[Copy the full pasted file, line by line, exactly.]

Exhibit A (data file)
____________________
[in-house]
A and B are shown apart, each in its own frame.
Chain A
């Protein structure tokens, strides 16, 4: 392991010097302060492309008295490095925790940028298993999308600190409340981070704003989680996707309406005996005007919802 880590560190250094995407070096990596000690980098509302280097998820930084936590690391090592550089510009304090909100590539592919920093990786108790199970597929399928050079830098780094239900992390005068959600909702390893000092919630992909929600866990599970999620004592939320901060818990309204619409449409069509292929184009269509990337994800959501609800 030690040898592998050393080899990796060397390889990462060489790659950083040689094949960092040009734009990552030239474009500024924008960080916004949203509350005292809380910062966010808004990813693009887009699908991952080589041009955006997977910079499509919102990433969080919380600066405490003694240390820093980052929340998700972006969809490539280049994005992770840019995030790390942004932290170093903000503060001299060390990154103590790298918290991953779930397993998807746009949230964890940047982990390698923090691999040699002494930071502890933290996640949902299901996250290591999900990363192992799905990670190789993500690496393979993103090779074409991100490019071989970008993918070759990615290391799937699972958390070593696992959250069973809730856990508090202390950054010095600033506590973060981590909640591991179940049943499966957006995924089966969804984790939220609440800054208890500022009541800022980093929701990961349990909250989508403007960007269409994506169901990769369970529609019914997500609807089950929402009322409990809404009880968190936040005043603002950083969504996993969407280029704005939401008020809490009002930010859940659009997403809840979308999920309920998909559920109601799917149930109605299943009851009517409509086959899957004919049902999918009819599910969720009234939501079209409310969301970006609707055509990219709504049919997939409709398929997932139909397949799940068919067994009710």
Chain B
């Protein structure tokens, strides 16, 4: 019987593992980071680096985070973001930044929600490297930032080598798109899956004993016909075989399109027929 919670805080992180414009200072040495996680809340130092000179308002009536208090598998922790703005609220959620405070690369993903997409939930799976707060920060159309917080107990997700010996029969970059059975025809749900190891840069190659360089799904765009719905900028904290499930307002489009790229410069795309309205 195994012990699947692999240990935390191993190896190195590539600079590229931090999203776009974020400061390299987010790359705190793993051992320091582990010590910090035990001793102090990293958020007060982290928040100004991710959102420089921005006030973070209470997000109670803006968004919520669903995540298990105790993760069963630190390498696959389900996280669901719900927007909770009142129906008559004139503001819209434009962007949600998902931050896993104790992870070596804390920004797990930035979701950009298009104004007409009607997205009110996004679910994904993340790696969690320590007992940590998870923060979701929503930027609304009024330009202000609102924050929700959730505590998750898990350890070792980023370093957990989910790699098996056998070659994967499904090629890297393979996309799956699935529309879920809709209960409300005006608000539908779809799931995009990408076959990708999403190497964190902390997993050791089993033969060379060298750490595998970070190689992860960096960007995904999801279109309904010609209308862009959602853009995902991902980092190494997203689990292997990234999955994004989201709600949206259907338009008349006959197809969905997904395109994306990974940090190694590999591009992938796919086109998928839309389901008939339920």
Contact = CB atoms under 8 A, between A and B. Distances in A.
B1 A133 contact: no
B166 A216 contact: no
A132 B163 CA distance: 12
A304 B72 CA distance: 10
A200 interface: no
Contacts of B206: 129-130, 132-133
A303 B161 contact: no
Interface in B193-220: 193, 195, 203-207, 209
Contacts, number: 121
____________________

[in-house]
A and B are shown apart, each in its own frame.
Chain A
């Protein structure tokens, strides 16, 4: 392991010097302060492309008295490095925790940028298993999308600190409340981070704003989680996707309406005996005007919802 880590560190250094995407070096990596000690980098509302280097998820930084936590690391090592550089510009304090909100590539592919920093990786108790199970597929399928050079830098780094239900992390005068959600909702390893000092919630992909929600866990599970999620004592939320901060818990309204619409449409069509292929184009269509990337994800959501609800 030690040898592998050393080899990796060397390889990462060489790659950083040689094949960092040009734009990552030239474009500024924008960080916004949203509350005292809380910062966010808004990813693009887009699908991952080589041009955006997977910079499509919102990433969080919380600066405490003694240390820093980052929340998700972006969809490539280049994005992770840019995030790390942004932290170093903000503060001299060390990154103590790298918290991953779930397993998807746009949230964890940047982990390698923090691999040699002494930071502890933290996640949902299901996250290591999900990363192992799905990670190789993500690496393979993103090779074409991100490019071989970008993918070759990615290391799937699972958390070593696992959250069973809730856990508090202390950054010095600033506590973060981590909640591991179940049943499966957006995924089966969804984790939220609440800054208890500022009541800022980093929701990961349990909250989508403007960007269409994506169901990769369970529609019914997500609807089950929402009322409990809404009880968190936040005043603002950083969504996993969407280029704005939401008020809490009002930010859940659009997403809840979308999920309920998909559920109601799917149930109605299943009851009517409509086959899957004919049902999918009819599910969720009234939501079209409310969301970006609707055509990219709504049919997939409709398929997932139909397949799940068919067994009710």
Chain B
């Protein structure tokens, strides 16, 4: 019987593992980071680096985070973001930044929600490297930032080598798109899956004993016909075989399109027929 919670805080992180414009200072040495996680809340130092000179308002009536208090598998922790703005609220959620405070690369993903997409939930799976707060920060159309917080107990997700010996029969970059059975025809749900190891840069190659360089799904765009719905900028904290499930307002489009790229410069795309309205 195994012990699947692999240990935390191993190896190195590539600079590229931090999203776009974020400061390299987010790359705190793993051992320091582990010590910090035990001793102090990293958020007060982290928040100004991710959102420089921005006030973070209470997000109670803006968004919520669903995540298990105790993760069963630190390498696959389900996280669901719900927007909770009142129906008559004139503001819209434009962007949600998902931050896993104790992870070596804390920004797990930035979701950009298009104004007409009607997205009110996004679910994904993340790696969690320590007992940590998870923060979701929503930027609304009024330009202000609102924050929700959730505590998750898990350890070792980023370093957990989910790699098996056998070659994967499904090629890297393979996309799956699935529309879920809709209960409300005006608000539908779809799931995009990408076959990708999403190497964190902390997993050791089993033969060379060298750490595998970070190689992860960096960007995904999801279109309904010609209308862009959602853009995902991902980092190494997203689990292997990234999955994004989201709600949206259907338009008349006959197809969905997904395109994306990974940090190694590999591009992938796919086109998928839309389901008939339920």
Contact = CB atoms under 8 A, between A and B. Distances in A.
B1 A133 contact: no
B166 A216 contact: no
A132 B163 CA distance: 12
A304 B72 CA distance: 10
A200 interface: no
Contacts of B206: 129-130, 132-133
A303 B161 contact: no
Interface in B193-220: 193, 195, 203-207, 209
Contacts, number: 121